SF Tidbits for 8/23/06

One thought on “SF Tidbits for 8/23/06”

  1. Why do Libertarians love Science Fiction?

    The short answer is that science fiction of the ‘hard sf’ John W. Campbell school of writing glamorizes and romanticizes the industrial and scientific revolutions. Libertarianism and free-market conservatives also see the glamour and romance of the industrial revolution. It is difficult to be in favor of science and progress without being impressed with the sheer romance and wonder of the adventure of progress, to delight in skyscrapers and submarines and supersonic planes, computers and cathode rays, and other breakthroughs of human inventiveness that the industrial revolution ushered into human history. So it is a small step from being a fan of giant jet airliners to being a fan of rocketships.

    If you are a fan of inventors, science fiction offers you an easier market for exploring your ideas as a writer than does, say, a western or a romance genre. Hard Science Fiction is quintessentially American: a popular and unpretentious melting pot of ideas in favor of individual liberty and the promise of human progress. Libertarianism is also quintessentially American: it is as fervid and utopian as the Puritan movement which founded the country, and takes certain strands of American political philosophy, the free market and the rugged individualism of the pioneer, and draws them out to their logical (some would say absurd) conclusions. The spirits of both have many points in common.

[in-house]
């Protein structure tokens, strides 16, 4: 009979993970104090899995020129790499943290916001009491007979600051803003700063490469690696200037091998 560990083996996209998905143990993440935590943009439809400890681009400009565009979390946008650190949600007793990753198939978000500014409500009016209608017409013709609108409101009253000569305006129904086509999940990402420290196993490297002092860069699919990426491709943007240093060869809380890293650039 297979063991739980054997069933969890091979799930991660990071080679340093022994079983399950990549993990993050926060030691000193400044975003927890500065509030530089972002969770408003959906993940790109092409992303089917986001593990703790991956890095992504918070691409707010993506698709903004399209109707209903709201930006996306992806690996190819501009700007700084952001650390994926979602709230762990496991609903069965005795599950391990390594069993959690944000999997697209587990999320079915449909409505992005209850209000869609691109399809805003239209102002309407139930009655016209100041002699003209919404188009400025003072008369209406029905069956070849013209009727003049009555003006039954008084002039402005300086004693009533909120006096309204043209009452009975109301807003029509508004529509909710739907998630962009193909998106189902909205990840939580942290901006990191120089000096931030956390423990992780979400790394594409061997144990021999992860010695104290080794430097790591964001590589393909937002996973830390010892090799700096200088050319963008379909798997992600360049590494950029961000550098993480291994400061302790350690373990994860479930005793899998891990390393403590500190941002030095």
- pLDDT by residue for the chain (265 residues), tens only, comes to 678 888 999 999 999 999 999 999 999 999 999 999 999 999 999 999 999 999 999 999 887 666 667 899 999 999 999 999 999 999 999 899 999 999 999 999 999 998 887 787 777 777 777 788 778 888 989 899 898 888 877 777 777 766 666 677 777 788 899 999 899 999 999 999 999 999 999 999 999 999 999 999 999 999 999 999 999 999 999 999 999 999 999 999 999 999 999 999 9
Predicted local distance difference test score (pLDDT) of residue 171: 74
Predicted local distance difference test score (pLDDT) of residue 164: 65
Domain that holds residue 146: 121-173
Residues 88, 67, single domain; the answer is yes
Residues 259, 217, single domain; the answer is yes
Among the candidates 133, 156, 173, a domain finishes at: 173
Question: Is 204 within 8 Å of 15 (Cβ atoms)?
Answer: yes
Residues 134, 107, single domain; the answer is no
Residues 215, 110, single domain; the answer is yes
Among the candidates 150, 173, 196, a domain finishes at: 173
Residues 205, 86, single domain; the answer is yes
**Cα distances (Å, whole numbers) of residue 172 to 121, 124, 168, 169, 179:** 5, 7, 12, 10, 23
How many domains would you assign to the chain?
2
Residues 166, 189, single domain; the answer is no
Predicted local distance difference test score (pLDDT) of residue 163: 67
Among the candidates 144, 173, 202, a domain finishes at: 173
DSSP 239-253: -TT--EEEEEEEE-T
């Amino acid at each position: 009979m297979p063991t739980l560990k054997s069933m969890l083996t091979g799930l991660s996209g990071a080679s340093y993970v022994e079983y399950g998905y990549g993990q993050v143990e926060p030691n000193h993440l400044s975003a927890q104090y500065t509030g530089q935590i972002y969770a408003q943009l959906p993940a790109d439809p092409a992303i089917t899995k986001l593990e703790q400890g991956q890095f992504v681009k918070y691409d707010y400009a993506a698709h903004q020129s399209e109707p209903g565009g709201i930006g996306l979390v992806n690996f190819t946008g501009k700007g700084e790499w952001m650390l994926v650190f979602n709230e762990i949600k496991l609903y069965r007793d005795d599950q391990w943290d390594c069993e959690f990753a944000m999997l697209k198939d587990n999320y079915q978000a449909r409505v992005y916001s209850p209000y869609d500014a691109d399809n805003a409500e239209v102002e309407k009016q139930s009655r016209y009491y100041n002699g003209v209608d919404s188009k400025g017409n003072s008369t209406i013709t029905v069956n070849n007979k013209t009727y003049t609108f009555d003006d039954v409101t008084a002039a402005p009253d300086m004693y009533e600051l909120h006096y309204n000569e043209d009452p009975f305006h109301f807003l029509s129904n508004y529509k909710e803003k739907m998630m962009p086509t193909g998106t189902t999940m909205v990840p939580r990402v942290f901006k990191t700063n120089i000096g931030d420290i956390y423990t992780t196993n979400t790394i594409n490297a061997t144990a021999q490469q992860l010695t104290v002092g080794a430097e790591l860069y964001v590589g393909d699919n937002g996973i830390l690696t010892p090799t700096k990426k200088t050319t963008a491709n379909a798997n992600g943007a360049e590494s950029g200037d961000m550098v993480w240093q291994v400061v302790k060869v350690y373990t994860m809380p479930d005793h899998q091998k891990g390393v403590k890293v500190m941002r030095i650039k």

Again, if libertarians are concerned with the nuts-and-bolts of their proposed libertarian utopias, it is a natural step to portray these fictional societies as the backdrop to a story set in the future: if you are going to speculate about possible economic and political systems, speculative fiction easily lends itself to your needs.

    For similar reasons, we would no doubt see more socialist SF, along the lines of Bellamy’s LOOKING BACKWARD, or Wells’ FIRST MEN IN THE MOON, if those ideals had not lost popular currency after Lenin and Stalin, Mao and Castro, showed the world the bloodthirsty beast behind the high-minded mask.

    I do not see a similar overlap of taste and thought in fantasy. Modern “elf operas”, if anything, glamorize medievalism, monarchy, or exotic pagan gods, and not can-do Yankee know-how. The ferocious scorn of Ayn Rand toward anything mystical or old-world does not sit well with the gentle nostalgia of twilight-haunted Edwardian elflands. Factories in fantasy stories are all in Mordor.

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